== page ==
In a recent piece on the new Project Blackbox, I used some coarse language, in an idiomatic way, not giving it much thought. The consequences were surprising.

Nick Carr wondered about this, then an obviously-bored Martin Veitch had a little fun with the episode; his little gem being picked up as far afield as the Malaysia Sun’s Technology News page. Out of public view, the Sun internal bloggers alias exploded, opinions ranging from those saluting me as an exemplar of New Age Marketing and Proactive Transparency to others who felt my mouth ought to be washed out; one person related that he’d heard from a Sun shareholder who was going to sell as a consequence.

Dave Douglas, our VP of Advanced Technology, who’s one of the prime movers on BlackBox, was surprised enough at all this that he wrote a thoughtful piece entitled Tim’s Bomb.

My Take · Well, I could be flippant and quote Barnum about how I don’t care what they say as long as they spell my name right. And in point of fact, my little BlackBox piece got way more traffic than it probably deserved. But I really don’t think of it that way.

The pro and con of this are not that complex or subtle. On the one side, there are people who are genuinely and unaffectedly offended by coarse language; for them, my doing this devalues my message and even perhaps by association, impairs their image of my employer. On the other, I think that there is substantial value in the transparency and honesty that characterizes the blogging medium in general and ongoing in particular. I am keenly aware that I am not a great writer, and that the range of subjects on which I’m sufficiently expert that my opinions ought to be taken seriously is pretty narrow. Given that, if I don’t offer 100% complete unvarnished honesty and transparency, what am I offering? And when I express myself naturally, my language includes a certain amount of coarseness; nowhere the Tarantino-screenplay level, but somewhere around the engineering norm. So I’m reluctant to do anything that makes ongoing read less like the way I really sound.

Surprise · The real take-away is deeper. Let me start here: I was surprised at this little flurry, because coarse language has occurred regularly here at ongoing. But not that much, because I’m used to surprise at the reactions to what I write.

I long ago learned that carefully crafting a piece to get some particular person’s attention, or to get it on Slashdot, was futile. Lovingly-crafted essays on subjects that I think are important sink without a trace, while three-paragraph squibs touch off Minor Internet Memes and get hundreds of thousands of reads. Pieces that I think are lightweight and humorous offend people, and edgy war diatribes bring me warm waves of supportive email.

As to the effect of what I write on the people who read it: I don’t know. I really, totally, absolutely, have no idea. So what I do is write the words that ask me to write them. Then I read them again and decide whether they say something that needs to be said, and if so I push the “publish” button.

So, to anyone who was offended by my language: I’m sincerely sorry. But that’s really what I’m like.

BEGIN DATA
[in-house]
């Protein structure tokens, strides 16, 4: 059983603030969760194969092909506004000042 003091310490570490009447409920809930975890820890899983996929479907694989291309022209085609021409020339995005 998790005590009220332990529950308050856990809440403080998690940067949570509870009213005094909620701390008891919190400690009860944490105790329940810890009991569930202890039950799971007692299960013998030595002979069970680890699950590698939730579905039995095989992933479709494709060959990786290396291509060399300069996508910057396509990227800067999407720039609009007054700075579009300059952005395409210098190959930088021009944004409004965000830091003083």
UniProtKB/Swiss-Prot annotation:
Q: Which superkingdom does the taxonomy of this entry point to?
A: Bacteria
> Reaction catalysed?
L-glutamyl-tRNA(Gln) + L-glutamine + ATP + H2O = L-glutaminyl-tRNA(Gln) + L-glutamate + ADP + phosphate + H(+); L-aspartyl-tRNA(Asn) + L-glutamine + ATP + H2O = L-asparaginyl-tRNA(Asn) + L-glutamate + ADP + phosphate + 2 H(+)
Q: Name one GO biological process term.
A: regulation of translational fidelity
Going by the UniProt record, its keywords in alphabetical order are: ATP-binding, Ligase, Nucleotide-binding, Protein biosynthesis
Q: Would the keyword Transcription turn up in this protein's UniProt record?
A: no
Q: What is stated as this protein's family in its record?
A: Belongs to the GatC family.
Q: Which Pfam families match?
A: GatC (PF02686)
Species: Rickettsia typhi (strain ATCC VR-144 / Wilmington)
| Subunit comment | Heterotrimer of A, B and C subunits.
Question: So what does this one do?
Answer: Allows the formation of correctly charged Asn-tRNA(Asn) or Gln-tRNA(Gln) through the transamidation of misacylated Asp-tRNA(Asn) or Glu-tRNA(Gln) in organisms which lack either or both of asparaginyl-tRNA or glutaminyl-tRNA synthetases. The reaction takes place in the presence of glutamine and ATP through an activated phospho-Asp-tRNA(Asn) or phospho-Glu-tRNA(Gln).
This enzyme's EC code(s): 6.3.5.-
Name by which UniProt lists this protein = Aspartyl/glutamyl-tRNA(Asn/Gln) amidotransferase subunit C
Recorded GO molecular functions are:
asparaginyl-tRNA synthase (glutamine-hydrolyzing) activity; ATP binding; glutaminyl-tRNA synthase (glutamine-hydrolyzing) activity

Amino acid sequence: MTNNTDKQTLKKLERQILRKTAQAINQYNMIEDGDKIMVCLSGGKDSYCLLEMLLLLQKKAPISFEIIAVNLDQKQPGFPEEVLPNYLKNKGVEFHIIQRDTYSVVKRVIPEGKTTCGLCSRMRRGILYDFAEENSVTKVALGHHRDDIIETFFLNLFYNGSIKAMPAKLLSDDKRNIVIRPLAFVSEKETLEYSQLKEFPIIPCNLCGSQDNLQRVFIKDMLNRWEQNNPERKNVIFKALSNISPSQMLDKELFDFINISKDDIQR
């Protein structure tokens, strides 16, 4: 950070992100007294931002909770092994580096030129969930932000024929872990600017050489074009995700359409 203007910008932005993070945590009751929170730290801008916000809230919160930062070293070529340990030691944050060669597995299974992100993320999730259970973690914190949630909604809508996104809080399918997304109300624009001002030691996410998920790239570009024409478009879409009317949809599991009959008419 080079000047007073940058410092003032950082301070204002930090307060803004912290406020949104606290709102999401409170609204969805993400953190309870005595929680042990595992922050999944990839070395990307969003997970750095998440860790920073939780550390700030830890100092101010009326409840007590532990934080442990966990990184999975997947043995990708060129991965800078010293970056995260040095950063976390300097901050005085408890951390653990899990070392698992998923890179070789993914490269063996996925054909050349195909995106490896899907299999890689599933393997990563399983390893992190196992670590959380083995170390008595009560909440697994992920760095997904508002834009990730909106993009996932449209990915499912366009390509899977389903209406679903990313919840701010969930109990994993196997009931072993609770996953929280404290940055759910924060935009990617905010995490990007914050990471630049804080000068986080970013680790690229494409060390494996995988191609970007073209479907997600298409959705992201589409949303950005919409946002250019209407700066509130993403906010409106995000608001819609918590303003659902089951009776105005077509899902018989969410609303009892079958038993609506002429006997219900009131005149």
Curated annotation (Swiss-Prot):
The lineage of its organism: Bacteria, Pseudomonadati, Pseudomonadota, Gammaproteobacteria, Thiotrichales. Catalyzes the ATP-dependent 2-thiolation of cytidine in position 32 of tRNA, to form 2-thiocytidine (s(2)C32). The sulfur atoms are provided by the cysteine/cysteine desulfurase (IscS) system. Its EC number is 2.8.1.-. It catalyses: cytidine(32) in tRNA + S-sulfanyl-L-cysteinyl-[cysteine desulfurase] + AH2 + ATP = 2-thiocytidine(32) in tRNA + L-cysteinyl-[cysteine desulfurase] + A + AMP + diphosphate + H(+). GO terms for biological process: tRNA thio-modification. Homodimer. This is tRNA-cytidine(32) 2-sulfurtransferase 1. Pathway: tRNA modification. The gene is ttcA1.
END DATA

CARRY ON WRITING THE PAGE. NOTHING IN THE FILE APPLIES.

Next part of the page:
Comment feed for ongoing:Comments feed

From: David Megginson (Oct 22 2006, at 15:55)

I read your original posting about Sun's data centre in a box (to me it looks a bit like a dumpster, unfortunately), but I didn't notice the profanity. I was puzzled by your new posting until I followed the links to your refs, and saw that they were talking about the phrase "fucking cool".

How low do people have to turn their mental squelch for something like that to register when they're reading stuff on the web? Lower than mine, obviously.


From: John Minnihan (Oct 22 2006, at 16:00)

Yep, the word 'fuck' or 'fucking' can get some otherwise rational folks bent into some pretty peculiar shapes pretty rapidly.

The word has been in the popular, non-offensive (at least not intentioanlly offensive) vernacular for at least the past fifty years (probably much longer...)

Why all the fuss?

To all those so easily offended by a **word**: How about everytime I say 'fuck' and its offends you, you make a contribution (time, money, or resources) to some reputable organization that is out to positively change the world. Then you take the moral high ground.

I can fuckin' live with that.


From: Michael (Oct 22 2006, at 16:26)

That link to the yahoo search doesn't seem to recognize the portion, so the search is just for 'fuck OR fucking OR fuckbrained'. This search string works better:


From: Ian King (Oct 22 2006, at 17:56)

Tim, you might want to change that search query to Google instead of Yahoo -- the results from Yahoo contain no ongoing obscenity, but lots of adult links.

On the question of language, I'm amazed that folks made a big deal of that off-hand remark. You'd think this was the first time an engineer (or a computing enthusiast) ever swore. I expect most blog postings -- especially those written by people who aren't flacks -- to be casual, with the odd diction, idioms, and swears that casual implies.

(Besides, I'm sure that Scott McNealy dropped the F-bomb in public a few times when he was Sun's CEO...)


From: Colin Barrow (Oct 22 2006, at 18:19)